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Defining cognitive disability

written by: Finn Orfano • edited by: Elizabeth Stannard Gromisch • updated: 9/11/2012

There are many definitions of a cognitive disability. Read on to see exactly what it means.

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    What is a Cognitive Disability?

    Defining the term cognitive disability is rather hard to do because it covers a range of intellectual disabilities. The term generally refers to anyone with lower than average intellectual functioning. A person who has a cognitive disability has trouble performing mental tasks that the average person would be able to do. The term cognitive disability can be used to describe other various disabilities such as mental retardation, dyslexia, autism, and other learning disabilities. In simpler terms, a cognitive disability is a disability that adversely affects someone’s brain in such a way that it is harder for them to do normal tasks that average people can complete. The severity of the cognitive disability has an affect on how independently the person can function.

    Cognitive disabilities do not include the category of physical disabilities. A person may have both cognitive and physical disabilities but they are separate entities. The term cognitive refers to the brain, so another way to think of cognitive disability is a brain disability. Cognitive disabilities are also referred to as developmental disabilities.

    Cognitive disabilities can affect a person’s performance in any of the following areas: memory, attention, problem solving, math calculations, and reading comprehension.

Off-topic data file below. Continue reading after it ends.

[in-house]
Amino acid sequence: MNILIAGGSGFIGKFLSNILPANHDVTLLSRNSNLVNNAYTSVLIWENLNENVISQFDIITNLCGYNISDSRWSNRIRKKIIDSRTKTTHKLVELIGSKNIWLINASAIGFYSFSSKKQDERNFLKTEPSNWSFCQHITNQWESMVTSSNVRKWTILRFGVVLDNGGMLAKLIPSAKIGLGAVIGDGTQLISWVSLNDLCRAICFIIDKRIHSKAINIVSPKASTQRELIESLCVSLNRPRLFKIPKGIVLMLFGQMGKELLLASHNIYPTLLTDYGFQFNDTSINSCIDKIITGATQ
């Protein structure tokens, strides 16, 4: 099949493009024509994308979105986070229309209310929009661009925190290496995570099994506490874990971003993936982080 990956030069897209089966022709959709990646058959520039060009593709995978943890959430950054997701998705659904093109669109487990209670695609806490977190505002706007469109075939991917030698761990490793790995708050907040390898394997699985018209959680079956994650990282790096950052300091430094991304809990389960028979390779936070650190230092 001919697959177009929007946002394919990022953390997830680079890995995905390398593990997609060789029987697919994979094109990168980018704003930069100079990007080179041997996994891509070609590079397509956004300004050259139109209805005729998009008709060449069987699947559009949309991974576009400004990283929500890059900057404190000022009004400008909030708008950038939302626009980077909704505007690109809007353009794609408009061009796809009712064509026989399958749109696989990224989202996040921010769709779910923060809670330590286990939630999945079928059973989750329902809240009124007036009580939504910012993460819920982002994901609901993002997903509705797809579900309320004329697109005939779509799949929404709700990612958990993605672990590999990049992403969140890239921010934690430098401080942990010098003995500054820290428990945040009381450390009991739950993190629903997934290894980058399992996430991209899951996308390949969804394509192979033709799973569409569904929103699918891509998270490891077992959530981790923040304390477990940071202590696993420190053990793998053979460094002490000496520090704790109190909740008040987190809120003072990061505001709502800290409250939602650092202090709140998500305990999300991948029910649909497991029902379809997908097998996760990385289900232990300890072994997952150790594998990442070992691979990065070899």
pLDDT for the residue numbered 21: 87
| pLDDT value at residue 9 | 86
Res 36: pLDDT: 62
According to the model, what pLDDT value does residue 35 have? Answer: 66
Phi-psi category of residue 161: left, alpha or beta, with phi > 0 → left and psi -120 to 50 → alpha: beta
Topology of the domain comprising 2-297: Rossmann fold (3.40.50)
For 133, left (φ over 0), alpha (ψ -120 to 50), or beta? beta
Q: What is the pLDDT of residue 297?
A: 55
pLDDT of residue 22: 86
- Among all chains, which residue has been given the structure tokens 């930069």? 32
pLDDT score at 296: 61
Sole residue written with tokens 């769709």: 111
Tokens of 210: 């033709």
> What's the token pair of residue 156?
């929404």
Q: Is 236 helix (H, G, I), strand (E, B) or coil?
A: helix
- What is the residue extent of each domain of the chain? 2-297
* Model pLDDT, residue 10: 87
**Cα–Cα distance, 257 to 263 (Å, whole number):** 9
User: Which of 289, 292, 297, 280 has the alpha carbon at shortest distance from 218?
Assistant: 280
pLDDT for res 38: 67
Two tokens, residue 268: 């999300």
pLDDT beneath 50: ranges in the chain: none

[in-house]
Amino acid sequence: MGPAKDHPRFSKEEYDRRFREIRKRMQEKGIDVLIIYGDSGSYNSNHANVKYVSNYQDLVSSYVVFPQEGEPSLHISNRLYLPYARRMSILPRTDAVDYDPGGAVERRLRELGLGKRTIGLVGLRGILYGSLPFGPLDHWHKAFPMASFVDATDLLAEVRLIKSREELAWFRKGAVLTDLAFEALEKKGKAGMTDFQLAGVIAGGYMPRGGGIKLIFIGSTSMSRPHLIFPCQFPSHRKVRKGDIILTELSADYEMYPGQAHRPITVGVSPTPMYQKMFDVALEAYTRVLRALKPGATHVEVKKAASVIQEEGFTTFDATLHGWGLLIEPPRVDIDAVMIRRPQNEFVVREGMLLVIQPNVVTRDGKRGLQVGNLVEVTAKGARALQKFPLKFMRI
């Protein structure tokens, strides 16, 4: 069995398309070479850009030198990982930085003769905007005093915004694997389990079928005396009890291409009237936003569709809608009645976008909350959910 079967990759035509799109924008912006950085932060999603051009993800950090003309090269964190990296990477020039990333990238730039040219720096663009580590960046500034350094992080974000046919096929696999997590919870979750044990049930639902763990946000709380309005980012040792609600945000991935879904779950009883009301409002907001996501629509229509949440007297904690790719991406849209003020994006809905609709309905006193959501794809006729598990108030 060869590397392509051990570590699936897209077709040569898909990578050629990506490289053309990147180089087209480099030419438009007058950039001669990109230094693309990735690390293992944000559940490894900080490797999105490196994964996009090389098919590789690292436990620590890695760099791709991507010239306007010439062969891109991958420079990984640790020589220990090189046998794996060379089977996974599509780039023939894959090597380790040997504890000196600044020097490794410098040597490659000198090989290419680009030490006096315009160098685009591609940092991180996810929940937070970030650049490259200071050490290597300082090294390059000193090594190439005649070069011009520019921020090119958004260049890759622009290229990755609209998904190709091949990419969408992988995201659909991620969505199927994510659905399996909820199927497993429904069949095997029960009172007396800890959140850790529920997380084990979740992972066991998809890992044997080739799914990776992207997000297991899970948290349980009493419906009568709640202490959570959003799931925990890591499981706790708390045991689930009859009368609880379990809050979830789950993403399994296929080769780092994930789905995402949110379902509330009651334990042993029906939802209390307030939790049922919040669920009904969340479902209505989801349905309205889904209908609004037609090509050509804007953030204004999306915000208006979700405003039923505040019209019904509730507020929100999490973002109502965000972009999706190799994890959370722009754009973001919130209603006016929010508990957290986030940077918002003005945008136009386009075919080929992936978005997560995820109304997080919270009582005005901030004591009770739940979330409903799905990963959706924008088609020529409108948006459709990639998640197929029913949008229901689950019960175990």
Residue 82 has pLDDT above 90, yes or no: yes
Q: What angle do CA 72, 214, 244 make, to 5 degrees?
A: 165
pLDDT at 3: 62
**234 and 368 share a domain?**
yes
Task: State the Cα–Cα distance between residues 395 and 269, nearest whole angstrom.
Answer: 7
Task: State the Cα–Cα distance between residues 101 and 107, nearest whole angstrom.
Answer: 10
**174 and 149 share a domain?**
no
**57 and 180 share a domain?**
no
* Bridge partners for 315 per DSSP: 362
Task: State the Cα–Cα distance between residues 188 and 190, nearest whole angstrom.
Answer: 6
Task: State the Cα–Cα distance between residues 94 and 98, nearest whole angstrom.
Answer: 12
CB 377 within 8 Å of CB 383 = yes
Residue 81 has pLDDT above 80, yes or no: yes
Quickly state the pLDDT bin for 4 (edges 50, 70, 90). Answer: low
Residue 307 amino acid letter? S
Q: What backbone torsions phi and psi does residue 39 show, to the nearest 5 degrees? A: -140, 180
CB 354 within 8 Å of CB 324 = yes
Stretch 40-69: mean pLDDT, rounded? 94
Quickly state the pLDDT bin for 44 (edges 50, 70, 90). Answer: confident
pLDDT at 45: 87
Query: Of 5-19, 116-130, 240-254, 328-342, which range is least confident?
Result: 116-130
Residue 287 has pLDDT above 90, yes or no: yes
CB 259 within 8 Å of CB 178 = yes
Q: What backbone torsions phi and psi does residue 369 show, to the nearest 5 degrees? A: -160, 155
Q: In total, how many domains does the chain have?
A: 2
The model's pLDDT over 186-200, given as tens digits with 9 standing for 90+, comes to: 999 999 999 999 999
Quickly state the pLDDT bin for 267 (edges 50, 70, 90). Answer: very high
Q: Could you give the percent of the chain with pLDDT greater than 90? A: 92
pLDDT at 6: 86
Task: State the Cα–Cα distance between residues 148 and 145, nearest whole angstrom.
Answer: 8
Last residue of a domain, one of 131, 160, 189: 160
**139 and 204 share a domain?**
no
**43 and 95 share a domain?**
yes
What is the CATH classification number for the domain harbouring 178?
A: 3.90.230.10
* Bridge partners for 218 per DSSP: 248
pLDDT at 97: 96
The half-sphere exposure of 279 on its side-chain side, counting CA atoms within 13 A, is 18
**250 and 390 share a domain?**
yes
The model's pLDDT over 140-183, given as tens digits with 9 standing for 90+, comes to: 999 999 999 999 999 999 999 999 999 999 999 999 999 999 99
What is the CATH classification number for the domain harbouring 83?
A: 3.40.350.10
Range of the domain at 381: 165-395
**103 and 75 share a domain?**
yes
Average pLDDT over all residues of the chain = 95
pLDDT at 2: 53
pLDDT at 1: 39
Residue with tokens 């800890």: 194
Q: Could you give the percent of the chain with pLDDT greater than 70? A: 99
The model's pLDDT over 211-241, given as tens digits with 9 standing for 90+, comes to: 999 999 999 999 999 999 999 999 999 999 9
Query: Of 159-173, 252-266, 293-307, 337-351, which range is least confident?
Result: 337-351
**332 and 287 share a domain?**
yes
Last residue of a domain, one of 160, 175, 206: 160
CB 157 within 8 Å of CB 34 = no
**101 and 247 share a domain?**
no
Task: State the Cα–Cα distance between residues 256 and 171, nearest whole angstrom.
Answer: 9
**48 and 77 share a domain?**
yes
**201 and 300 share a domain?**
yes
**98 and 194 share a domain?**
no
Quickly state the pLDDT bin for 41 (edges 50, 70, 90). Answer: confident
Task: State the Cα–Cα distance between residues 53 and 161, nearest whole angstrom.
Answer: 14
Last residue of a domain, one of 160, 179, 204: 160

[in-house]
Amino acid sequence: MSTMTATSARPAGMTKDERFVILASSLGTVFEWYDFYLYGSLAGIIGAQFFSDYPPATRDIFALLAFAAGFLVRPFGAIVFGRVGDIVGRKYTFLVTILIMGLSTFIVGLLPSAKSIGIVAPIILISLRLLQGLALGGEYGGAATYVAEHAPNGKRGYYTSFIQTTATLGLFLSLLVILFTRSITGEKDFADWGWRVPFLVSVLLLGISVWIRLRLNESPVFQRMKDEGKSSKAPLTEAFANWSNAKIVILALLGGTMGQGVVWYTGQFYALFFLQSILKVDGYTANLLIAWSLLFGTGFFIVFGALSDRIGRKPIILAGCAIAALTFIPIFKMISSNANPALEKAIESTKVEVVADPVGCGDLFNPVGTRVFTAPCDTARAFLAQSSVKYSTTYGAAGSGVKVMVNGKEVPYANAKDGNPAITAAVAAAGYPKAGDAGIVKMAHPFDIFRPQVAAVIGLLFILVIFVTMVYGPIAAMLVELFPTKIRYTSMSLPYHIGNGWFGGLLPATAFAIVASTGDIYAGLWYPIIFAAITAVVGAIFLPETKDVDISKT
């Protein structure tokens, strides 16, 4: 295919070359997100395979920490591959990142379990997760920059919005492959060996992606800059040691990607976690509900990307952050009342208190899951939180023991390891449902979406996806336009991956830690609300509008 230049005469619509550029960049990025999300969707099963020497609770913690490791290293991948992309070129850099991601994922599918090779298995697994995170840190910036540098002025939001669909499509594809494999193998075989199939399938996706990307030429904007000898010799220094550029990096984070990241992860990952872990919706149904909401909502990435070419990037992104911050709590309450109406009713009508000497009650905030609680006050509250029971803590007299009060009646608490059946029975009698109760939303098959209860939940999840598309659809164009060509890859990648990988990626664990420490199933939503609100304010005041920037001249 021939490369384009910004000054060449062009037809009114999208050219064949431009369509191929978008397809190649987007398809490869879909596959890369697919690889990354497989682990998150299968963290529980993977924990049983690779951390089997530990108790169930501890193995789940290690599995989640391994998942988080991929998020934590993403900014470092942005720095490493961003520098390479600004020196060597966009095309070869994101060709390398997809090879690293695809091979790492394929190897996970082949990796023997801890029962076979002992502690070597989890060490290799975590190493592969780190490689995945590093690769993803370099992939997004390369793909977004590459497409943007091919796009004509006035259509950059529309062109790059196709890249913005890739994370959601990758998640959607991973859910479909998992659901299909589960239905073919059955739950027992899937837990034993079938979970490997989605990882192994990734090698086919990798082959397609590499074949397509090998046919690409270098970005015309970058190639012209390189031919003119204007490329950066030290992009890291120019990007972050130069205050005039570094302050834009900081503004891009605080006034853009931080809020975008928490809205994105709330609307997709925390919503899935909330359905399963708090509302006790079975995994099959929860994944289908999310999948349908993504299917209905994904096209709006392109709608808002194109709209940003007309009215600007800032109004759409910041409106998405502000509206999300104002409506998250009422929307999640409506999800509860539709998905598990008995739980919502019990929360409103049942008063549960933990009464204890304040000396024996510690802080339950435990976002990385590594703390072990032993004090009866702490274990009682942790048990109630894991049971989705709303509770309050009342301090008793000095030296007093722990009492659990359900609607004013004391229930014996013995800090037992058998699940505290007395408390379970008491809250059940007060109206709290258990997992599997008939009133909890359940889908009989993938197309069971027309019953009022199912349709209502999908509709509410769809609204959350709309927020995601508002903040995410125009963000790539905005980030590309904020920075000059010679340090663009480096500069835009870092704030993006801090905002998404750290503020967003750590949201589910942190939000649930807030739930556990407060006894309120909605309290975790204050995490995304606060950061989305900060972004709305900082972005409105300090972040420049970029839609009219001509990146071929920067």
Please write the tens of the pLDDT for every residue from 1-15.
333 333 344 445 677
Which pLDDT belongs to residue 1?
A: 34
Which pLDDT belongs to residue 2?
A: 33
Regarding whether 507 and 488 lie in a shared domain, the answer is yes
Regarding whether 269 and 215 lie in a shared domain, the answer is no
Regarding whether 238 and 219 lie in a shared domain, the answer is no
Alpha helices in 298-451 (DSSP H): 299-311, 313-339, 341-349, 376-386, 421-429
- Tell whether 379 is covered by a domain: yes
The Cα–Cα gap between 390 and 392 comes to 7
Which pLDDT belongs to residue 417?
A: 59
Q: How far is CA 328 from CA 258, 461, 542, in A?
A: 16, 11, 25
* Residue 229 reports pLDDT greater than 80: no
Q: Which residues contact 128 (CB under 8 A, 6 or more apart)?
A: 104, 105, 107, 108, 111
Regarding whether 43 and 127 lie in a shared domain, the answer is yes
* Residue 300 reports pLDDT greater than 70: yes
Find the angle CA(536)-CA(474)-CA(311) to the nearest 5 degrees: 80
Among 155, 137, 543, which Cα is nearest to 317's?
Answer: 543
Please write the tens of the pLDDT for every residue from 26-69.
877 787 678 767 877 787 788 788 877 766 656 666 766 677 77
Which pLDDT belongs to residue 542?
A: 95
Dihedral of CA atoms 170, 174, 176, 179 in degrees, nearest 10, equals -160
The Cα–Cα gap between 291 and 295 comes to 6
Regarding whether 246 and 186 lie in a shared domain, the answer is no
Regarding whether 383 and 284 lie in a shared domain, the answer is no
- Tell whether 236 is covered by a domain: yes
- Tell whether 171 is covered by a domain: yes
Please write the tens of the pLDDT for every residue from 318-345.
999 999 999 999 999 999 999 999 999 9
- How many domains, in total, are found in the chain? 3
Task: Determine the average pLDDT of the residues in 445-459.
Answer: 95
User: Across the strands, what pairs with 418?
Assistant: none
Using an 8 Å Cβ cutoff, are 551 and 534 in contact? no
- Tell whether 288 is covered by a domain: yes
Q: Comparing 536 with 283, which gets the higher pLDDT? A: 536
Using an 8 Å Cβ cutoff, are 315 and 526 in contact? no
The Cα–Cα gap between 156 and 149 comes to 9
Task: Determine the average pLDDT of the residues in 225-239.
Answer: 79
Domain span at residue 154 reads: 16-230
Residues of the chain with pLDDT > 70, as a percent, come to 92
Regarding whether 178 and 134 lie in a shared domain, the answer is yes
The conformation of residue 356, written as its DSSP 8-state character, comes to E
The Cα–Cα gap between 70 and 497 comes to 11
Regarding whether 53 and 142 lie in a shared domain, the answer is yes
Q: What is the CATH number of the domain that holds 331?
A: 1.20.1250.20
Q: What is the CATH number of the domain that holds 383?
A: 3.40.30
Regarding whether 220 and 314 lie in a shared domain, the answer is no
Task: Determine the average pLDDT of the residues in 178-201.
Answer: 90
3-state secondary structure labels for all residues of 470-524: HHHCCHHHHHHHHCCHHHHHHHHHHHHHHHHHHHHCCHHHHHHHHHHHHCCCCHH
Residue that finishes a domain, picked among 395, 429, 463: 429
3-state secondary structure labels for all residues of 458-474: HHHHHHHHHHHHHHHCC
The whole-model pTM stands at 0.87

There are some characteristics of having a cognitive disability, here are a few examples:

    • Problems remembering
    • Difficulty processing emergencies
    • Problems processing information
    • Problems accessing information

    Special education teachers teach students with an array of cognitive disabilities. It is important for teachers to do research on the types of disabilities that are present in their classroom, that way they can provide the appropriate specially designed instruction and accommodations. This also applies to regular education teachers as well. They need to know what specific disabilities actually mean.

    There are some general accommodations that can be beneficial when working with any student who has a cognitive disability. Here a just a few:

    • Extended test/quiz time
    • Tests/quizzes taken in a special education
    • Calculator for math computation
    • Repetition of new concepts
    • Prompts to remain on task
    • Positive praise
    • Use of agenda book to record homework assignments
    • Study guides for tests
    • Modified homework
    • Time in class to start homework

    These above examples are just a few that can help accommodate any student with a cognitive disability in any type of classroom. Remember that each student is unique and may need additional accommodations as provided for by the IEP. However, in general, these are great accommodations to provide to all students with special needs to make their education more meaningful.

    A main goal for students with developmental disabilities is independent living. These students need to be prepared for what will happen after they graduate high school. Our job as educators is to make sure we prepare them as much as we can. Not all of the students will be able to live independently, but many of them can. The IEP team needs to decide what is best for each student.